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This book could be titled “How and Why You Should Do Everything Possible to Avoid Getting Into a Fight.” The authors (both martial artists who’ve been around the block a few times and have the scars to show it) spend a good number of pages explaining why fighting is always terrible idea — even if you manage to win, you end up losing (your attacker’s relatives could sue you or seek revenge, you could go to prison, and for the rest of your life you could carry the knowledge of having crippled or maimed another person).

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In this post, featuring images from the last quarter of 2011, we remember a tumultuous year of change across the globe, the capture of Khadafi, the 10th anniversary of the attacks on the World Trade Center, the passing of Apple icon Steve Jobs, fire, famine, flood and protests. A memorable year, indeed. -- Paula Nelson -- Please see part 1 and part 2 from earlier. (EDITOR'S NOTE: We will not post a Big Picture on Monday, December 26, due to the Christmas Holiday ) (51 photos total)
A defaced portrait of fugitive Libyan leader Moamer Kadhafi in Tripoli on Sept. 1, 2011 as the fallen strongman vowed again not to surrender in a message broadcast on the 42nd anniversary of the coup which brought him to power. (Patrick Baz/AFP/Getty Images)

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First time accepted submitter benro03 writes "Airing photojournalism's dirty secret, Italian photographer Ruben Salvadori demonstrates how conflict photography is often staged by the photographers themselves. He spent a significant amount of time in East Jerusalem studying the role that photojournalists play in what the world sees. Ruben is about to graduate with dual majors for a BA in International Relations and Anthropology/Sociology at the Hebrew University of Jerusalem, Israel." Some commenters on the linked story defend much of what's shown as ordinary aesthetic and editorial decisions; doubtless a parallel documentary could have been shot from a few hundred yards away with an opposite slant.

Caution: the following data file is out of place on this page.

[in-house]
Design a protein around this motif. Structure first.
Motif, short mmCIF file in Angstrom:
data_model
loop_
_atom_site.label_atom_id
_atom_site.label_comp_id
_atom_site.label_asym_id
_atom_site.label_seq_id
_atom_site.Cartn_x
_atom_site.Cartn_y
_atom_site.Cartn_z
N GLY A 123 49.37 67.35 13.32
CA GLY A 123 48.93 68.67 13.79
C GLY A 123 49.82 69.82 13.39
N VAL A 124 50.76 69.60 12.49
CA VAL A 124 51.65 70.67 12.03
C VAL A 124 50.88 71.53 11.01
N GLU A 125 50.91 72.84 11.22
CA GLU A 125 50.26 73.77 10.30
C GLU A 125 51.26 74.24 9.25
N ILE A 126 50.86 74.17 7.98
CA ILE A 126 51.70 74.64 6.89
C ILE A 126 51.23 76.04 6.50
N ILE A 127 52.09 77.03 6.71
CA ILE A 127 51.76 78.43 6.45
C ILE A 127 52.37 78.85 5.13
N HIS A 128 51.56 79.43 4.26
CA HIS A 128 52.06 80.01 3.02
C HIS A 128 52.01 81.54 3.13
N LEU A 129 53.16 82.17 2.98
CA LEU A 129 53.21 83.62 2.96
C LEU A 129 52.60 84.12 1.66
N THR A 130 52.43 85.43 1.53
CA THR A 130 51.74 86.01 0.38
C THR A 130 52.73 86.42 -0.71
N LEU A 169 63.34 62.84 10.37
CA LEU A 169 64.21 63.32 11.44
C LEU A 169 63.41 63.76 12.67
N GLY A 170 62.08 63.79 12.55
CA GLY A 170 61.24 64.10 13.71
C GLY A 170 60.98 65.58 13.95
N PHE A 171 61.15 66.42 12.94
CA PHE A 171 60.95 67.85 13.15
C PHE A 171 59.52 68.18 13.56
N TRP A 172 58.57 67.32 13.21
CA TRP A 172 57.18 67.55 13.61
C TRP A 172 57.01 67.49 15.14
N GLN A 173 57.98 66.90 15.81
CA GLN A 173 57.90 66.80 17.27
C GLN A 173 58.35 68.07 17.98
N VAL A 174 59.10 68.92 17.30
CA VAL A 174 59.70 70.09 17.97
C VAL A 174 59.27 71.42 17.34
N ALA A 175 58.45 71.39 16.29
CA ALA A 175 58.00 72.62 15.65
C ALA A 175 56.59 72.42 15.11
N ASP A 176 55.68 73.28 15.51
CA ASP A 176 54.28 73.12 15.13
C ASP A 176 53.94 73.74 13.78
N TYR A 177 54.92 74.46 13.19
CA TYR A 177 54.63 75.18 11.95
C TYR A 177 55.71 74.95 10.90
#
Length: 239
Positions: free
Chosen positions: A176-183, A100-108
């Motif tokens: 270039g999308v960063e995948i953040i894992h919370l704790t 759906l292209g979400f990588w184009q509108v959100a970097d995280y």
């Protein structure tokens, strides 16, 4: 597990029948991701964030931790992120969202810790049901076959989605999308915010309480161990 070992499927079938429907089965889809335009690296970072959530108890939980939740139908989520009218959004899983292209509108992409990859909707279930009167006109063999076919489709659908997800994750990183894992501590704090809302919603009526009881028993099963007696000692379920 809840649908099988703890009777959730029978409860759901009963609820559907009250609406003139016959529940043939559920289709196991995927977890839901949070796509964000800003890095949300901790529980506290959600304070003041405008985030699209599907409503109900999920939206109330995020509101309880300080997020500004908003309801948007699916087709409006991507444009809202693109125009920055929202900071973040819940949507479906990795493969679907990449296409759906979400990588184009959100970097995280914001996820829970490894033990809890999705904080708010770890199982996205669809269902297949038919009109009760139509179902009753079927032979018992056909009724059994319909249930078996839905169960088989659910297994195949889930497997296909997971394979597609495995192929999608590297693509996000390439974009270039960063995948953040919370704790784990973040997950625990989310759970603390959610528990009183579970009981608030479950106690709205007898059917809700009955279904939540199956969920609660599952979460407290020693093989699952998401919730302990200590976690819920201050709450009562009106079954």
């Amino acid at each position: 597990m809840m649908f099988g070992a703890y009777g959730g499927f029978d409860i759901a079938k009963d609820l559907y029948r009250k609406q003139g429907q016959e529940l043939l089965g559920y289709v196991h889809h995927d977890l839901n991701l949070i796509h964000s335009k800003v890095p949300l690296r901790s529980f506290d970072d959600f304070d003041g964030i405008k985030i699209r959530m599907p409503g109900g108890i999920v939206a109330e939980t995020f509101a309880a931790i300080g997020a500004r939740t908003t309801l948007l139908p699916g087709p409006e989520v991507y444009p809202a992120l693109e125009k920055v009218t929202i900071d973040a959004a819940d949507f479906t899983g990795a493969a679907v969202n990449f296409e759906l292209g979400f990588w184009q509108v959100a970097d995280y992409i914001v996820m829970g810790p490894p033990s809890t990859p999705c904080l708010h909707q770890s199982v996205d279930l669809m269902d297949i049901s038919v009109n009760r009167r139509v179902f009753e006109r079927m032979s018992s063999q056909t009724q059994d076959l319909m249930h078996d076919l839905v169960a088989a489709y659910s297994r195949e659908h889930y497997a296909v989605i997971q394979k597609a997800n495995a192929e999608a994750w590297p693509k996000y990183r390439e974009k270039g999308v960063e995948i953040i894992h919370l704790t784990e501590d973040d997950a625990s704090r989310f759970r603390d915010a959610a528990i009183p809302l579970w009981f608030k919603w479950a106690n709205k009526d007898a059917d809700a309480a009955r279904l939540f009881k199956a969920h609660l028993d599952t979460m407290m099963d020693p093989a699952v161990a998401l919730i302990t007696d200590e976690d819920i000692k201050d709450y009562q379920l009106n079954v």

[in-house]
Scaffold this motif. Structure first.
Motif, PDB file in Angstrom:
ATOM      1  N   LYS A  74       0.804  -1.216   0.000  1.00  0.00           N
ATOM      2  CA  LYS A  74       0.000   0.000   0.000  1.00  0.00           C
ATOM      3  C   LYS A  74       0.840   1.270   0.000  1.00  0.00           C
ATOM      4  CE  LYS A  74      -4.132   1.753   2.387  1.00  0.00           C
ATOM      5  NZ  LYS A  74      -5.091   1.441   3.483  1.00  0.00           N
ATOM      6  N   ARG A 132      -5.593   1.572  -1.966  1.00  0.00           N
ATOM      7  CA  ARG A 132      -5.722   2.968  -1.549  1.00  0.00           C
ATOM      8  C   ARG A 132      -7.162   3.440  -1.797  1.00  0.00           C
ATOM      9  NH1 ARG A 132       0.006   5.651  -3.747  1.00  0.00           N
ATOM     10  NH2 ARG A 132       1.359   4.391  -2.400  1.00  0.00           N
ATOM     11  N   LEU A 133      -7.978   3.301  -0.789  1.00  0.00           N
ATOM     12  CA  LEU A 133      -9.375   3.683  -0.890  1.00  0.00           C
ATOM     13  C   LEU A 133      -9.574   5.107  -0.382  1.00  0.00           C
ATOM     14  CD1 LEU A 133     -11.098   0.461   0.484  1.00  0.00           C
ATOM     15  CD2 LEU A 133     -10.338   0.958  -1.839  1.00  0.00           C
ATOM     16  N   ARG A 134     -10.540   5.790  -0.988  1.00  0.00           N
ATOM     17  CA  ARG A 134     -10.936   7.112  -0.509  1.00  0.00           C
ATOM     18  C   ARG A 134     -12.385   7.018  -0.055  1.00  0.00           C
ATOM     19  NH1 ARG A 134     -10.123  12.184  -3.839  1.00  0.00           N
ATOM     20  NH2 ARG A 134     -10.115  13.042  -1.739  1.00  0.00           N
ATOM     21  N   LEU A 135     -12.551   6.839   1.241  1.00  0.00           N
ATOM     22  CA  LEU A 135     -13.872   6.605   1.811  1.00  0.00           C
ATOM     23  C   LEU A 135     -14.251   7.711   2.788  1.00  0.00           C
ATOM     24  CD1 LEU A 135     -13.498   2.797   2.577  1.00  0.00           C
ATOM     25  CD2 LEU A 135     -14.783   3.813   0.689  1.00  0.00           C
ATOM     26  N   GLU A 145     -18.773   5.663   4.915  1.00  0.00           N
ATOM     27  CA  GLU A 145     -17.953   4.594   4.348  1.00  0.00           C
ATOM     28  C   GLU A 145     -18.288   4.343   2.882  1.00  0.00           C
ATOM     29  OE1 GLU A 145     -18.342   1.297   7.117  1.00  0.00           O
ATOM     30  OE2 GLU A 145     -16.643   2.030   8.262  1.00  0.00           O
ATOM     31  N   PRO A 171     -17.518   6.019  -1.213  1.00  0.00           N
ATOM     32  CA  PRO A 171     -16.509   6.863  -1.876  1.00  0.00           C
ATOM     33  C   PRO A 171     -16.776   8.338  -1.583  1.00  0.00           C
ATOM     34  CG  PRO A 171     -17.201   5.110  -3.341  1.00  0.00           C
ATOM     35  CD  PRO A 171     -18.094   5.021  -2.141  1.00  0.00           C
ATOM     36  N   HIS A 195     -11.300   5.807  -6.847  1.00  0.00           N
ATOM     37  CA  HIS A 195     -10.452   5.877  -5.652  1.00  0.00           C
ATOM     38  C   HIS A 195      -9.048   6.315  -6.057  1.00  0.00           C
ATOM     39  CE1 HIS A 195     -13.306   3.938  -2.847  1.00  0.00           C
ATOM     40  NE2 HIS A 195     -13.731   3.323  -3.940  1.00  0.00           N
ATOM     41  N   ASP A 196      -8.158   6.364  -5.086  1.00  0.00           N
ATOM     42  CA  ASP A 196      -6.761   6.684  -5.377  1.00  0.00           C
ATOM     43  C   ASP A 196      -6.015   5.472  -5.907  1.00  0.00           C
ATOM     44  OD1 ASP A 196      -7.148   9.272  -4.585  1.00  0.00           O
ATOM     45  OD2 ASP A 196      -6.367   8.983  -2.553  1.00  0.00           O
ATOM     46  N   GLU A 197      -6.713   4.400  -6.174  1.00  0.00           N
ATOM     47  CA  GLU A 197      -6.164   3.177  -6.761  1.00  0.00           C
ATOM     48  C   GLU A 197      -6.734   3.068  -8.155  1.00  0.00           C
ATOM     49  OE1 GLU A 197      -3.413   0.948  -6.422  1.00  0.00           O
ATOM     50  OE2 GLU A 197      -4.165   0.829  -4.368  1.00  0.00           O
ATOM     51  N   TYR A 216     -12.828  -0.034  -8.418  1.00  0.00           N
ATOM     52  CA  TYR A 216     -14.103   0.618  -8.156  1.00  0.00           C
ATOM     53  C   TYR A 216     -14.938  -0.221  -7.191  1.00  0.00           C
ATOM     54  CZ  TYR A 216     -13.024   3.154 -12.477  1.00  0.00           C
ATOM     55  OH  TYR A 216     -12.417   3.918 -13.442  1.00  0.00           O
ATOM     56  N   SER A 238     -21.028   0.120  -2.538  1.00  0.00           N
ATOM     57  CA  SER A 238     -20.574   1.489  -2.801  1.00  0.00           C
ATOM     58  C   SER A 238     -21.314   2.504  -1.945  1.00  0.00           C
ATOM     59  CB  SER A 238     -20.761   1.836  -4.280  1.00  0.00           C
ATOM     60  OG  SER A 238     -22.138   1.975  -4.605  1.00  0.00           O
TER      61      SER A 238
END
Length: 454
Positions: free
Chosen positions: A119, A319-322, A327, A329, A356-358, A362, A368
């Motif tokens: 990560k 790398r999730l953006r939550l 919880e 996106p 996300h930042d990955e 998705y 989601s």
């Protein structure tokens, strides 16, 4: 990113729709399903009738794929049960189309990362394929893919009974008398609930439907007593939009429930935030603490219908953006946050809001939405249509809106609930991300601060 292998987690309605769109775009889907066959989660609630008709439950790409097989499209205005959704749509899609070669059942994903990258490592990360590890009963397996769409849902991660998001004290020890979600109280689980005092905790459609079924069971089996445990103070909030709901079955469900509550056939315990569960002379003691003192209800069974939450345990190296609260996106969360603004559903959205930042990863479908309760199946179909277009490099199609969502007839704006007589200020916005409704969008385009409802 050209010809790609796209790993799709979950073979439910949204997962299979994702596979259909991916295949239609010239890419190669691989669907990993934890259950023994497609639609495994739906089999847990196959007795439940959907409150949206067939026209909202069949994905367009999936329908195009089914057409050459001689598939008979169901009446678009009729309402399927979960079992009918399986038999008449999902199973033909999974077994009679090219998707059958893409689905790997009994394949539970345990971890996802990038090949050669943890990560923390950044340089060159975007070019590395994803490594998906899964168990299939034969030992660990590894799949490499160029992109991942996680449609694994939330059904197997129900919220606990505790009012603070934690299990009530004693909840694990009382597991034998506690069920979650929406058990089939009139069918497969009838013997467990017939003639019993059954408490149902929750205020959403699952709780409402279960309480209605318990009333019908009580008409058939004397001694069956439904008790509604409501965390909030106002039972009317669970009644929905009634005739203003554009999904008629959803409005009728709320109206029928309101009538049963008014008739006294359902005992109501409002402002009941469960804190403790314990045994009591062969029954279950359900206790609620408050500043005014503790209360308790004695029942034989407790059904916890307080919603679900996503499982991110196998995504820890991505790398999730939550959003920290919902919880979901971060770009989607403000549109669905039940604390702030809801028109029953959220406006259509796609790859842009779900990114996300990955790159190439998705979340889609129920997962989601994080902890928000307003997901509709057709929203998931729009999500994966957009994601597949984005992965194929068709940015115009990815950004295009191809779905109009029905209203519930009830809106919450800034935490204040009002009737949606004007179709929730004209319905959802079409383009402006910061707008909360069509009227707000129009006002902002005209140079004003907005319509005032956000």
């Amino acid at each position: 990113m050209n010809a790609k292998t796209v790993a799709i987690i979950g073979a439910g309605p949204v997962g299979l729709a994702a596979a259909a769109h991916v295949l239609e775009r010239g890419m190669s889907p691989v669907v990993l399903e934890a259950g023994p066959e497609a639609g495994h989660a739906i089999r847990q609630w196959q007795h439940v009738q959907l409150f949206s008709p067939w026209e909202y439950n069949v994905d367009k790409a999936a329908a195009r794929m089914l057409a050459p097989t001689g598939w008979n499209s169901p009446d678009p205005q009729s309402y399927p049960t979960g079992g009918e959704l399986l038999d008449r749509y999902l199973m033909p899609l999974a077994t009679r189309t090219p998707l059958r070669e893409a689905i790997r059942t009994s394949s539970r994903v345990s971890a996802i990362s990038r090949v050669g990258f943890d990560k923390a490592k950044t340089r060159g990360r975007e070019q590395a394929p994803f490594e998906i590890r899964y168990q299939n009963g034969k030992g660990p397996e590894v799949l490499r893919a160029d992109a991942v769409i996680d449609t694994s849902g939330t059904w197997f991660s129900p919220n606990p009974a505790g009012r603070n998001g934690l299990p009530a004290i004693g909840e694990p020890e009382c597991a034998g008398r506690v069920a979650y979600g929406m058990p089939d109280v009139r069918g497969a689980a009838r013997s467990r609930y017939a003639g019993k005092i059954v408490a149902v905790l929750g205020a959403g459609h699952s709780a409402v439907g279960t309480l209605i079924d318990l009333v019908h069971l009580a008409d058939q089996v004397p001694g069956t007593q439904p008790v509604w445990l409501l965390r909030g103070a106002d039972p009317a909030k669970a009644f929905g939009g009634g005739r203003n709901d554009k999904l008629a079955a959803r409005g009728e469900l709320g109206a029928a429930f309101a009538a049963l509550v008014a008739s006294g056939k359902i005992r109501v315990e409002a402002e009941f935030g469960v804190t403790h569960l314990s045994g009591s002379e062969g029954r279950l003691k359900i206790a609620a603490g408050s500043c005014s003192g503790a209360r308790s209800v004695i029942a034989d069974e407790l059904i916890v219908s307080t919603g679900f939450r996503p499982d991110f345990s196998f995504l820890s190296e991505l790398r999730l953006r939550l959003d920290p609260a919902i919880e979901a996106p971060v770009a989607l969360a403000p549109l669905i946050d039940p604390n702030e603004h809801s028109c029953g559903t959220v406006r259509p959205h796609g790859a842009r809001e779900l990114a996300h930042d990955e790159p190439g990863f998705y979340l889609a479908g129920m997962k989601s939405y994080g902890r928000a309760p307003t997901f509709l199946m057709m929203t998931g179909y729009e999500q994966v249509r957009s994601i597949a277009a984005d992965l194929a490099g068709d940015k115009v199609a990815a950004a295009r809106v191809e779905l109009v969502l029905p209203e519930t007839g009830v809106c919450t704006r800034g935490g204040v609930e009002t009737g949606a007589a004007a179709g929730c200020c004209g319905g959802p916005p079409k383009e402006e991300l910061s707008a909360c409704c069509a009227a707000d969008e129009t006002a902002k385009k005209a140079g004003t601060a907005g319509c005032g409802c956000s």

Read more of this story at Slashdot.

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Two nights of rioting in London's Tottenham neighborhood erupted following protests over the shooting death by police of a local man, Mark Duggan. Police were arresting him when the shooting occurred. Over 170 people were arrested over the two nights of rioting, and fires gutted several stores, buildings, and cars. The disorder spread to other neighborhoods as well, with shops being looted in the chaos. Collected here are images from the rioting and the aftermath. -- Lane Turner (26 photos total)
Fire fighters and riot police survey the area as fire rages through a building in Tottenham, north London on Aug. 7, 2011. A demonstration against the death of a local man turned violent and cars and shops were set ablaze. (Lewis Whyld/PA/AP)

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As brilliant as it was literate.

So I ran this guy over. I guess I didn’t like the look of him. He gets up twice, but I pop him back down again until he runs out of getting up juice. This causes the police to arrive, two of them. They screech to a halt nearby, get out of the car and then stand still. One stands in front of his police car, which proves a mistake when a van crashes into the back of it, causing the policeman to be run over by his own abandoned vehicle. The other cop reacts by sprinting off down the road, remembering himself, then turning around and running back, colliding with the bonnet of another van and running madly on the spot. The previously squished cop gets up, charges off down the road, and starts shooting his gun at a passing taxi.

So the cab driver gets out, shoots the cop dead then runs toward me, firing. I shoot him, for my own protection, causing two more cops to instantaneously arrive and kill me on the spot.

Welcome to Driv3r. A game that almost equals Soldner for levels of mad-faced brokenness. And that’s not a compliment I hand out lightly.


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Coma patient at the wheel!
The forthcoming Driver game (subtitled “San Francisco”, but could probably do with being called “Coma Wars”), has an excellently weird videogame premise: the protagonist is in a coma and, as a consequence of his horrible unconsciousness, can psychically take over any driver in the city. Yes, it’s a game about the psychic danger of people in comas. A warning, some might say. Ubisoft are aware that this is super-bonkers, and have put out a new video to explain how the feature works. You can watch it at your leisure, below.
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